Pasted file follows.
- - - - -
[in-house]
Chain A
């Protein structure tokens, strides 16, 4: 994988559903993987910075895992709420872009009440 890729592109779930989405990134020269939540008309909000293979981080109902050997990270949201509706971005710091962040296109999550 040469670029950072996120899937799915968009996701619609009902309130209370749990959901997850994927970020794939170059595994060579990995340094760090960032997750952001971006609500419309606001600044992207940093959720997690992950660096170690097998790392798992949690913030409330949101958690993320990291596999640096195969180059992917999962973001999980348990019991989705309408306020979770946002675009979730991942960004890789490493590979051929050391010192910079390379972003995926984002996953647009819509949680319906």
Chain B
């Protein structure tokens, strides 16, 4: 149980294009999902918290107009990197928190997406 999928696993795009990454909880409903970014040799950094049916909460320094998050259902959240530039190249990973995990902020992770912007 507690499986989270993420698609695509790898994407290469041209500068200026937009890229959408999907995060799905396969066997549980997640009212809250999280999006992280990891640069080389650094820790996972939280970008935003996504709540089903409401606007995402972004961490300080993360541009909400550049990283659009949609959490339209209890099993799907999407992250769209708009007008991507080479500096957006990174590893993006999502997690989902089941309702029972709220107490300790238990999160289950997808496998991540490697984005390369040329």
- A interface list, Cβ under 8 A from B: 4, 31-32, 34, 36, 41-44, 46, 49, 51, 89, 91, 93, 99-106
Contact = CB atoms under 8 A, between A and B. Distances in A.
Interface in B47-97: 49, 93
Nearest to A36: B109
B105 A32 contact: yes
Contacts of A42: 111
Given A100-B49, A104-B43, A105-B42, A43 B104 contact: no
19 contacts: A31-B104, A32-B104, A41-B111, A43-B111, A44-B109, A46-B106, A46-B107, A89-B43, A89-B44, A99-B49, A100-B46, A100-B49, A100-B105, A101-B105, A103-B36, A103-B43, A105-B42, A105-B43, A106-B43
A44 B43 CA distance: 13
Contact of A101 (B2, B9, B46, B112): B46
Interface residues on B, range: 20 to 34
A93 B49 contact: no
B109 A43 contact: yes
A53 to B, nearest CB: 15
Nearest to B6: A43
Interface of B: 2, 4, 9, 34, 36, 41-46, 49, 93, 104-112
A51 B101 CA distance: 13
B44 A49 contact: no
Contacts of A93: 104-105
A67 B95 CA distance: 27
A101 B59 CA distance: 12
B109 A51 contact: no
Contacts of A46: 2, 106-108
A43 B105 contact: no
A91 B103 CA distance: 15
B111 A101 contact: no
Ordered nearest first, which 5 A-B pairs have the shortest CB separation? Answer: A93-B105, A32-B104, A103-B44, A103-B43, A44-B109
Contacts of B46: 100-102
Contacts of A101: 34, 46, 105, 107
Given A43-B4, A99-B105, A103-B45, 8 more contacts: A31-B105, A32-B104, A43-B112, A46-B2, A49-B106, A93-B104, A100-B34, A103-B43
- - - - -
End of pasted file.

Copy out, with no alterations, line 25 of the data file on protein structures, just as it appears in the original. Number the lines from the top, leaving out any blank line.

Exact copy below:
A67 B95 CA distance: 27